The critter spotting can start even before one gets on to
a hiking trail out in greater Mui Wo!
...and just a few thousand steps uphill leads one to a place
which feels hundreds of miles away from urban Hong Kong ;b
When I returned to my apartment late last night, I was floored to find my pedometer telling me that I had walked over 24,000 steps over the course of what admittedly had been an extra long as well as pretty eventful day. After all, I know that many people find it difficult enough to get to the 10,000 step mark that health experts say is good to reach daily and this time of the year, even on the days that I go hiking, I still tend to log less than 18,000 steps over the course of that 24 hour period.
So imagine how good it feels to discover upon returning home this evening that the Lantau Island hike a friend and I had gone on beginning down at sea level in Mui Wo up to at least past marker C7104 of the Lo Fu Tau Country Trail and more than 300 meters above sea level had helped to propel my pedometer readings to close to 27,000 steps for just today! Which means that this weekend alone, I've already walked more than 50,000 steps -- and not always on level ground either!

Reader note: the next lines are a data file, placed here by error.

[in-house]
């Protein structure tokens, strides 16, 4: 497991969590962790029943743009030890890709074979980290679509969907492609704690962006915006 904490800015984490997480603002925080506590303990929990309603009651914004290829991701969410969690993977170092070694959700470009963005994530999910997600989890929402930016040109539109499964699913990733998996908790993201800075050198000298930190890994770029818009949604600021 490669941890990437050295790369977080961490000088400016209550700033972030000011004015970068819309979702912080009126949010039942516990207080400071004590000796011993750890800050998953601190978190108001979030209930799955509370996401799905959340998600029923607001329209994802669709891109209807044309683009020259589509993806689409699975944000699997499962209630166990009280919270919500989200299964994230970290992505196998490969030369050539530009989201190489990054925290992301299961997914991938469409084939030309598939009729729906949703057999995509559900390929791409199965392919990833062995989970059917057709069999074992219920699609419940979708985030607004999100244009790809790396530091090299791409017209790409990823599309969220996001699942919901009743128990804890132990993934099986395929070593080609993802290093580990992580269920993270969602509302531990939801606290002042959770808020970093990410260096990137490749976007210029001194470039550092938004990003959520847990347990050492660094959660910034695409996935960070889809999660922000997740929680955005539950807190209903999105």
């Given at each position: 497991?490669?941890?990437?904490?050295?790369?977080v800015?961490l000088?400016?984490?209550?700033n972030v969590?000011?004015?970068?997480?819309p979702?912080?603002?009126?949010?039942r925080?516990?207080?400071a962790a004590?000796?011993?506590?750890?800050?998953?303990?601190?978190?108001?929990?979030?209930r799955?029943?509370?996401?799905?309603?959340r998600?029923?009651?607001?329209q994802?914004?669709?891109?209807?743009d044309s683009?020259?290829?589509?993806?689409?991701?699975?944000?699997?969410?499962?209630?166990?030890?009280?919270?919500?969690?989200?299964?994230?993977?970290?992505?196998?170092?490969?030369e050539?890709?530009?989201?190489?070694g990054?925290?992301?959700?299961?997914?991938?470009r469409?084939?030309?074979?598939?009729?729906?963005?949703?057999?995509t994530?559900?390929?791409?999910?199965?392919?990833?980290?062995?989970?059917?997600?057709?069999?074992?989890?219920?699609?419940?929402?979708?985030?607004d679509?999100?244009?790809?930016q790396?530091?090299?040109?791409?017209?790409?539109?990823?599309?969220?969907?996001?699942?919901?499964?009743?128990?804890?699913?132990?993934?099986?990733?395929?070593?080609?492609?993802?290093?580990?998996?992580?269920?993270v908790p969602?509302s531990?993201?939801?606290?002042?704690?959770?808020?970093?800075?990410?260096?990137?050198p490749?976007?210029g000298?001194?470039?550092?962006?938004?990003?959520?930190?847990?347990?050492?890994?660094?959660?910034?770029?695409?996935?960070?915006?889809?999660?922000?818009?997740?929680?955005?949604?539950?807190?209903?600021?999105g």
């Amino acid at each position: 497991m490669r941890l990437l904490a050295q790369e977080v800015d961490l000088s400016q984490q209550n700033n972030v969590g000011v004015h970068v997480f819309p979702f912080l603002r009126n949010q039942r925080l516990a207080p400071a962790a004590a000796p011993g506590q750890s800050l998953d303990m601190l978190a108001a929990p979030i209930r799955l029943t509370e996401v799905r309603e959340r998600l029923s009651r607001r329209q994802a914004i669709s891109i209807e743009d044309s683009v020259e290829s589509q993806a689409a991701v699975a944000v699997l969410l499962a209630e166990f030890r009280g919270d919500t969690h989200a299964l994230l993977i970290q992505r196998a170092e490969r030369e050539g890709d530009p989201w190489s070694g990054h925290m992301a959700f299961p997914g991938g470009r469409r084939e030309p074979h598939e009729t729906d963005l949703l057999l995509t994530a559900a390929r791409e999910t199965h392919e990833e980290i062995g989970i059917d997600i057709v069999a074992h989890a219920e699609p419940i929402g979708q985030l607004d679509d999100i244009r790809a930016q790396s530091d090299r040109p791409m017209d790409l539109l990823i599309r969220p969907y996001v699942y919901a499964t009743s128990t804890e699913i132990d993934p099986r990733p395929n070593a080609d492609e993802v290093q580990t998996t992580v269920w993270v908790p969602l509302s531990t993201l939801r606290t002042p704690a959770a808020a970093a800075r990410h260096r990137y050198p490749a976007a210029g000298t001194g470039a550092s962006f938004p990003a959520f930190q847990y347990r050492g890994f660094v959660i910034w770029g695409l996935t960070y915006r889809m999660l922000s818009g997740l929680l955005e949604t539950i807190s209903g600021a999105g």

This discovery made me feel better about not having reached today's original hike destination of 465-meter-high Lo Fu Tau (aka Tiger's Head) because we ran out of time. By this, I mean that if we had gone and pressed ahead, we'd not have been able to get back down to Mui Wo -- where, ironically, I had had my best critter spotting of the day (a brown skink first spotted scampering along a lane right in the village!) -- before it got dark; and while I know of hikers who like to venture out at night, neither the friend I was out with today nor I are among that group!
As it was, the lights of some buildings had been switched on before we actually returned to greater Mui Wo today; partly because the skies had prematurely darkened in the late afternoon in a way that had made us fear that what had began as a beautifully sunny day would turn into a rainy one. Also noticeable was how visibility decreased over the course of the day; this perhaps due to quite a few hill fires having broken out on Lantau -- no doubt as a result of certain people ending up burning more than just incense around their ancestors' graves during Chung Yeung Festival.
I remember a great Harry Harrison satirical cartoon from a few years ago showing two ancestral figures chatting while sitting on a cloud looking down at Hong Kong. One of them happily says that his relatives burnt him a car that Chung Yeung (or maybe the similarly observed Ching Ming) and upon asking what the other what his relatives had burnt for him, got the reply: "Half of Lamma"! ;(